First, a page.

and that about two-ninths, consisting for the most part of male brains, exceed 
1400 grammes. The lightest brain of an adult male, with sound mental facul- 
ties, recorded by Wagner, weighed 1020 grammes. As a gramme equals 15.4 
grains, and a cubic inch of water contains 252.4 grains, this is equivalent to 
62 cubic inches of water ; so that as brain is heavier than water, we are perfectly 
safe against erring on the side of diminution in taking this as the smallest 
capacity of any adult male human brain. The only adult male brain, weighing 
as little as 970 grammes, is that of an idiot ; but the brain of an adult woman, 
against the soundness of whose faculties nothing appears, weighed as little as 
907 grammes (55.3 cubic inches of water) ; and Keid gives an adult female 
brain of still smaller capacity. The heaviest brain (1872 grammes, or about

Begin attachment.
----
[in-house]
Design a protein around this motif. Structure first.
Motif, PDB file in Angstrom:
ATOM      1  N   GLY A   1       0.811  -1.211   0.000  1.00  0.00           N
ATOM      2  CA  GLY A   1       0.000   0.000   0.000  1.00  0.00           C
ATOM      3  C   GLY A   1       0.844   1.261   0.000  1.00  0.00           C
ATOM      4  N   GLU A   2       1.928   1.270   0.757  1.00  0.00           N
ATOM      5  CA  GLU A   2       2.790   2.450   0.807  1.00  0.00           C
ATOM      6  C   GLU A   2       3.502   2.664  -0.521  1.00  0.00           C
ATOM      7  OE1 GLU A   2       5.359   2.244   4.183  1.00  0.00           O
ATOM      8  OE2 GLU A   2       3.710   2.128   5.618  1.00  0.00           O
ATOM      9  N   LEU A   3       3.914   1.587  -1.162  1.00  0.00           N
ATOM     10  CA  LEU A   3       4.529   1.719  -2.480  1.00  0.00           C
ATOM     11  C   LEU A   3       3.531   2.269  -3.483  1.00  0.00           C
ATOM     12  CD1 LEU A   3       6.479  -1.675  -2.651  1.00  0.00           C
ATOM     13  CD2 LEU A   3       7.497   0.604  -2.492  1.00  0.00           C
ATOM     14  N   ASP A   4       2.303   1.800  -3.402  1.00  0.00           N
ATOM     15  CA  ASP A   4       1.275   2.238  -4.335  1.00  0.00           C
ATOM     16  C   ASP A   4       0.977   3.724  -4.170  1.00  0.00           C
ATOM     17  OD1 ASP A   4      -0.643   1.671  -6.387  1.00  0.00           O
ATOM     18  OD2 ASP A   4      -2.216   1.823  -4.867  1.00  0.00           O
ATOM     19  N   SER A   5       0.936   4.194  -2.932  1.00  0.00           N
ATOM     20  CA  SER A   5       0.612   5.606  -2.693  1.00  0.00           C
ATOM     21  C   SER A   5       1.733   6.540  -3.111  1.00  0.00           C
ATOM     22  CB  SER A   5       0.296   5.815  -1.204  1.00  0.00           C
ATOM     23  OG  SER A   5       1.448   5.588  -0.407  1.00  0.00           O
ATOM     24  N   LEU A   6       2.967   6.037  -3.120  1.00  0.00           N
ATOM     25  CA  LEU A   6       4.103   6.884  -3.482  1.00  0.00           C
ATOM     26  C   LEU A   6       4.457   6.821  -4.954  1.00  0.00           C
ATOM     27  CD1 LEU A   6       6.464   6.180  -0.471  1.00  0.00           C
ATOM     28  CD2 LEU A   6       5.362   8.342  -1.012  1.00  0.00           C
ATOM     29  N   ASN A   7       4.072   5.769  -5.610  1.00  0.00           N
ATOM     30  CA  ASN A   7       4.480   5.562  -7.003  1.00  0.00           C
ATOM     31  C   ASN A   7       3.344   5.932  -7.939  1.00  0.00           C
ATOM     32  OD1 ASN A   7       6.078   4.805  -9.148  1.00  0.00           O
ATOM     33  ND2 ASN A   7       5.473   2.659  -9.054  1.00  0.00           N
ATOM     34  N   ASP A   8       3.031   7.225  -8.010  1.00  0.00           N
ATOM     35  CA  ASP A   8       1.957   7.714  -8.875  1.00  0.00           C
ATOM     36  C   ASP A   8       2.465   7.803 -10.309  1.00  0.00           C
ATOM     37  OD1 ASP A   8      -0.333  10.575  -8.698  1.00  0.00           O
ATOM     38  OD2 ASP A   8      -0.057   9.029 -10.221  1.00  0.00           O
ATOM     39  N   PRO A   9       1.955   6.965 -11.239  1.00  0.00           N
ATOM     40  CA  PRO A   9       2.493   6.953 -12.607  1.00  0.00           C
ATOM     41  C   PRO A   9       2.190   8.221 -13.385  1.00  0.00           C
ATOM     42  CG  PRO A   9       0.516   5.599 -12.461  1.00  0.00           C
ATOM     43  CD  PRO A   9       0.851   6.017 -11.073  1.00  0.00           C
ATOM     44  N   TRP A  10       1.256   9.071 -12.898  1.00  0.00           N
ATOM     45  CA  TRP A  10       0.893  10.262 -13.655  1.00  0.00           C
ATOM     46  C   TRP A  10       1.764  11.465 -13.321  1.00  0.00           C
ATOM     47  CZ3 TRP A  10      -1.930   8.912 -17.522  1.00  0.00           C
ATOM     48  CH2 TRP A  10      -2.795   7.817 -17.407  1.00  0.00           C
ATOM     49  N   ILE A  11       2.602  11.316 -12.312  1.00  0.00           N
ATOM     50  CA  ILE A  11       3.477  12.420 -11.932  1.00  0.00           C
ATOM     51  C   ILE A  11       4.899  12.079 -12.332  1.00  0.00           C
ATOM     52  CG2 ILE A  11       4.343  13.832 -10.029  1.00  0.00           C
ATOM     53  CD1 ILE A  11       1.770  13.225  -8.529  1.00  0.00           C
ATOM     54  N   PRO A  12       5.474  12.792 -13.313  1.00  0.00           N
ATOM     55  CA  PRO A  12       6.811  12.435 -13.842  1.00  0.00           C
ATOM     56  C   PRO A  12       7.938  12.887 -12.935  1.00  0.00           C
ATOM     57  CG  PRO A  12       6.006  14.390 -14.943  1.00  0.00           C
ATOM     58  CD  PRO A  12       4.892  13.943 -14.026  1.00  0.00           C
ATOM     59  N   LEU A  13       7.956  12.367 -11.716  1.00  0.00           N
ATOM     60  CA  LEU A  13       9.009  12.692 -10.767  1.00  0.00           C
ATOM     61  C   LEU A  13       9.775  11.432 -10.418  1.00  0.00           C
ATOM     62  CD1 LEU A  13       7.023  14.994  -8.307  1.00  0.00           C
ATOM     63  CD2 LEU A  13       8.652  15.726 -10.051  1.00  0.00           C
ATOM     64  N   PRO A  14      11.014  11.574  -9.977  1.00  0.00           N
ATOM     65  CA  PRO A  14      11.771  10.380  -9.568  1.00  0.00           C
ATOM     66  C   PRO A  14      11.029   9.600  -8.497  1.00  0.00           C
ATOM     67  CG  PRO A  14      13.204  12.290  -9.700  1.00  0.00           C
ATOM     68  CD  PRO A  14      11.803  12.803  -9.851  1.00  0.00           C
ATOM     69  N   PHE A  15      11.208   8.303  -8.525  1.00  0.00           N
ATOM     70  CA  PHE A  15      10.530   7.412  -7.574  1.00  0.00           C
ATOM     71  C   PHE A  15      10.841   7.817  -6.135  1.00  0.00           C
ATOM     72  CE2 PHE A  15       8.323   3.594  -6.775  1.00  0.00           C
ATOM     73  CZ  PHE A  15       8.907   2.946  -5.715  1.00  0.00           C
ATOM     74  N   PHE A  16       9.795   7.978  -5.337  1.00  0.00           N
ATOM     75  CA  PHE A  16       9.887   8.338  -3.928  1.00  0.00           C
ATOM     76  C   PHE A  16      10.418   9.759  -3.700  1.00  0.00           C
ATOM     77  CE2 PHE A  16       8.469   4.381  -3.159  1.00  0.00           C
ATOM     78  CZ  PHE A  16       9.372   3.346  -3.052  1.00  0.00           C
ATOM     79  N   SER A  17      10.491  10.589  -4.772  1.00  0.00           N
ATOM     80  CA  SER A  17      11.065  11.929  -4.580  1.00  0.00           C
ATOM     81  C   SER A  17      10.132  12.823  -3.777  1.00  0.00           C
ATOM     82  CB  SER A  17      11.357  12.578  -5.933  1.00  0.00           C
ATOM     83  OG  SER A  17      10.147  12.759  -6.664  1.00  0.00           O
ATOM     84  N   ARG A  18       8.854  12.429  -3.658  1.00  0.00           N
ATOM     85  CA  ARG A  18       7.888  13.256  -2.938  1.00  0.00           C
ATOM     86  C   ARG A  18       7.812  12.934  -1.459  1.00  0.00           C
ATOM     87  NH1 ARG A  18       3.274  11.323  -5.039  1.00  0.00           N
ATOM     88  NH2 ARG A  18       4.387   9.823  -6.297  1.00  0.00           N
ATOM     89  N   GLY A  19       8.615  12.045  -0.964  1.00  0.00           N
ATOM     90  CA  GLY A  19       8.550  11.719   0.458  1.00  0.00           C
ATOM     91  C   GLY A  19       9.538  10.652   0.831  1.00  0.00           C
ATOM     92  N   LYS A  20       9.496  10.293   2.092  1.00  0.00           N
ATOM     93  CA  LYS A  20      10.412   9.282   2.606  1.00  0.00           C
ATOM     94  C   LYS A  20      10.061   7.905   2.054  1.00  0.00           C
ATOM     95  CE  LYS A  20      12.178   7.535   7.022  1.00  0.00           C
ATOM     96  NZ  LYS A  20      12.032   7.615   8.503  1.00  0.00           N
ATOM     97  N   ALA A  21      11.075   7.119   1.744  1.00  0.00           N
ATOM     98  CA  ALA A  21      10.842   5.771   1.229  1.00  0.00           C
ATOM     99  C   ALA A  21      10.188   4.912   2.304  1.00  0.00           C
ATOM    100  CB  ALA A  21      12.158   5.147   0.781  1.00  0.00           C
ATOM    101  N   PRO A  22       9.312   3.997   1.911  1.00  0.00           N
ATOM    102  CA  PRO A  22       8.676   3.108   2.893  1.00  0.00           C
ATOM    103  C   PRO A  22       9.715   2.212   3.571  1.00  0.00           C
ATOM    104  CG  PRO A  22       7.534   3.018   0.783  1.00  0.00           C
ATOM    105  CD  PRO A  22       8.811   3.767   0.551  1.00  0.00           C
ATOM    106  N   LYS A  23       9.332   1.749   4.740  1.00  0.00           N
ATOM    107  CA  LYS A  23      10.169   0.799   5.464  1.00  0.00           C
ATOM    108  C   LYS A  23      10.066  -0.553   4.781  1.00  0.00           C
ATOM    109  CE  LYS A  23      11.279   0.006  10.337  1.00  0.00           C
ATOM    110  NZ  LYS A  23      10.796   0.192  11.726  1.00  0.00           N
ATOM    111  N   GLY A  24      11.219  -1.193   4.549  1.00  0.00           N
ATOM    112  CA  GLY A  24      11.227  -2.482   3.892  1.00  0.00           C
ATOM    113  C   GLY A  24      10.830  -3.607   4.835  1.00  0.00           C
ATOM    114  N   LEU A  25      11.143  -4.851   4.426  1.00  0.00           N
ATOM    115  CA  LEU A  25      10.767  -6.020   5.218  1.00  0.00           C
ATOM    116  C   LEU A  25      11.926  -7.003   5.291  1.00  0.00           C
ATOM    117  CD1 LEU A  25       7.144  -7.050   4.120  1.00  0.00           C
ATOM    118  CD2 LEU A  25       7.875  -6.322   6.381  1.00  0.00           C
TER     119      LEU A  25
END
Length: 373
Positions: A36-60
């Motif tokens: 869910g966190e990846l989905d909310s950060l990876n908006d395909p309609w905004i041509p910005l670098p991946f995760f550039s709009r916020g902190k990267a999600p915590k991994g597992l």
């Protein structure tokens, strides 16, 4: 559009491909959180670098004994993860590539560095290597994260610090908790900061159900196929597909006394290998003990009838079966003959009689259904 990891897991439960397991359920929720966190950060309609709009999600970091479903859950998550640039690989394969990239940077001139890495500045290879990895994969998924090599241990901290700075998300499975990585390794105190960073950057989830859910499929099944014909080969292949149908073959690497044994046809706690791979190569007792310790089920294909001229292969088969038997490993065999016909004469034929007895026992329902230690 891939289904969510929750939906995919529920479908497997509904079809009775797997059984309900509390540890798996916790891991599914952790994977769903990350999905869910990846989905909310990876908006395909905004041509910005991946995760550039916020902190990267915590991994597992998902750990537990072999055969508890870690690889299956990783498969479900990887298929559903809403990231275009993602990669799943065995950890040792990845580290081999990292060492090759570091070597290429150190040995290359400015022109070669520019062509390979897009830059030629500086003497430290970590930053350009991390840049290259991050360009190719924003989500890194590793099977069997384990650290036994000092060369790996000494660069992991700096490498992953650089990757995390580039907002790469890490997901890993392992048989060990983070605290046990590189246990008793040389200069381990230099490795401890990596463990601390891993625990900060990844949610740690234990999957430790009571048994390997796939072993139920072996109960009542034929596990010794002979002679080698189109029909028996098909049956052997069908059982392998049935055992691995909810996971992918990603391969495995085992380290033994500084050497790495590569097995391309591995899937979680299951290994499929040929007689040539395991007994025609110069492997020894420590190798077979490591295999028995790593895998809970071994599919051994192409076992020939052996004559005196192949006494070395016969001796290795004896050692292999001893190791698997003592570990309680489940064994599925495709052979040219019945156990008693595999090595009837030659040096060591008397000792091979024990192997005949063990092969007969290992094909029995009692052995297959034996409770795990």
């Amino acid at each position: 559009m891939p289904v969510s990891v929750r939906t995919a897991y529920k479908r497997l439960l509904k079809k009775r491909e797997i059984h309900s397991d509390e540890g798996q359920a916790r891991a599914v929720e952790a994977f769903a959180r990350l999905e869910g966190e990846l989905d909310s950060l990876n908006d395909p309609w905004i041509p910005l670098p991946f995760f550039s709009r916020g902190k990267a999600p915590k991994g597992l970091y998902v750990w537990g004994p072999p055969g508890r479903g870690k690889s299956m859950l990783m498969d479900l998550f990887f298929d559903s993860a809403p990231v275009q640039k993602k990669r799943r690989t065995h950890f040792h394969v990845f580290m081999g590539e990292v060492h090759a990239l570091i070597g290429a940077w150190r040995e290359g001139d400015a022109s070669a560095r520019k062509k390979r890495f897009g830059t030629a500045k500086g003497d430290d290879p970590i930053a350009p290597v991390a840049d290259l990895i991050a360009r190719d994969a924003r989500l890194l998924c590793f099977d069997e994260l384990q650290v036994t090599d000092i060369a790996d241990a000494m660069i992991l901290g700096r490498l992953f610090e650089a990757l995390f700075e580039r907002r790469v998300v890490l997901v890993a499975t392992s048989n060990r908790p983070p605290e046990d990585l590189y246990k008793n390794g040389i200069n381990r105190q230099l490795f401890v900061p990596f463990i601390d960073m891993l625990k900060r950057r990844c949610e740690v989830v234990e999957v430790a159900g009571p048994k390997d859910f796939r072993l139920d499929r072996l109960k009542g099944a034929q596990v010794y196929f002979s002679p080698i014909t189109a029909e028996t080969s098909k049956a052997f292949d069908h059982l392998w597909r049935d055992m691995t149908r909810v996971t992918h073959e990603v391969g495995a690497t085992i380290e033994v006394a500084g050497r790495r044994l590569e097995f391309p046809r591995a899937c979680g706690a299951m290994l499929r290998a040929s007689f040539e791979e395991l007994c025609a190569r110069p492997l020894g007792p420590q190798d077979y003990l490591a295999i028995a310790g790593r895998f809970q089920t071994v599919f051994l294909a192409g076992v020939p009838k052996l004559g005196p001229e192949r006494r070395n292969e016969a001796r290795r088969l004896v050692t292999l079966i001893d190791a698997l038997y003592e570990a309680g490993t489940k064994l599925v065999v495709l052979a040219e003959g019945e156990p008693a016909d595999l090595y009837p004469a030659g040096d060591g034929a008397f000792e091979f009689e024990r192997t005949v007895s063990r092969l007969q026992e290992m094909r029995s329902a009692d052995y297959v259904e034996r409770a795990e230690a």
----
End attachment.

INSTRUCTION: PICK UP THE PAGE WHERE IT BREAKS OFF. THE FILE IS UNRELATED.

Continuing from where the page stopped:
115 cubic inches) was, however, that of a woman ; next to it comes the brain 
of Cuvier(1861 grammes), then Byron (1807 grammes), and then an insane 




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' No doubt, this is a very striking difference, but it loses 
much of its apparent systematic value, when viewed by the 
light of certain other equally indubitable facts respecting 

cranial capacities. 

The first of these is, that, the difference in the volume of 
the cranial cavity of different races of mankind is far greater, 
absolutely, than that between the lowest Man and the highest 
Ape, while, relatively, it is about the same. For the largest 
human skull measured by Morton, contained 114 cubic inches, 
that is to say,' had very nearly double the capacity of the 
smallest; while its absolute preponderance, of 52 cubic